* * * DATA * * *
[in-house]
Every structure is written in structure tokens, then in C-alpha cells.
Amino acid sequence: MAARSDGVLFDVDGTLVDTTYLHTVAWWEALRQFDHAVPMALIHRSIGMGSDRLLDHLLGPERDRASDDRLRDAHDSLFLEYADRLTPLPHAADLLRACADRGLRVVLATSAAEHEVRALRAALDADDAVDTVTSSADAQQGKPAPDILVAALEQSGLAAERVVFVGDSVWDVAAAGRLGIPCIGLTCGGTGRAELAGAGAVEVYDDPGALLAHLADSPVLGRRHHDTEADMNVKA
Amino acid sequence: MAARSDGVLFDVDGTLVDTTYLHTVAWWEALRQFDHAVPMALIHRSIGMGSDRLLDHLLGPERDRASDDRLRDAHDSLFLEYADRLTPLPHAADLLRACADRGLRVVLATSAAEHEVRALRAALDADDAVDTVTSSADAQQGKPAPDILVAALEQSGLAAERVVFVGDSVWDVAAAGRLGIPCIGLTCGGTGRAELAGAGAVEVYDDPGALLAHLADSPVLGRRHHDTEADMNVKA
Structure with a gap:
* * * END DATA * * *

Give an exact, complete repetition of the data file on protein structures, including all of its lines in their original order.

[in-house]
Every structure is written in structure tokens, then in C-alpha cells.
Amino acid sequence: MAARSDGVLFDVDGTLVDTTYLHTVAWWEALRQFDHAVPMALIHRSIGMGSDRLLDHLLGPERDRASDDRLRDAHDSLFLEYADRLTPLPHAADLLRACADRGLRVVLATSAAEHEVRALRAALDADDAVDTVTSSADAQQGKPAPDILVAALEQSGLAAERVVFVGDSVWDVAAAGRLGIPCIGLTCGGTGRAELAGAGAVEVYDDPGALLAHLADSPVLGRRHHDTEADMNVKA
Amino acid sequence: MAARSDGVLFDVDGTLVDTTYLHTVAWWEALRQFDHAVPMALIHRSIGMGSDRLLDHLLGPERDRASDDRLRDAHDSLFLEYADRLTPLPHAADLLRACADRGLRVVLATSAAEHEVRALRAALDADDAVDTVTSSADAQQGKPAPDILVAALEQSGLAAERVVFVGDSVWDVAAAGRLGIPCIGLTCGGTGRAELAGAGAVEVYDDPGALLAHLADSPVLGRRHHDTEADMNVKA
Structure with a gap: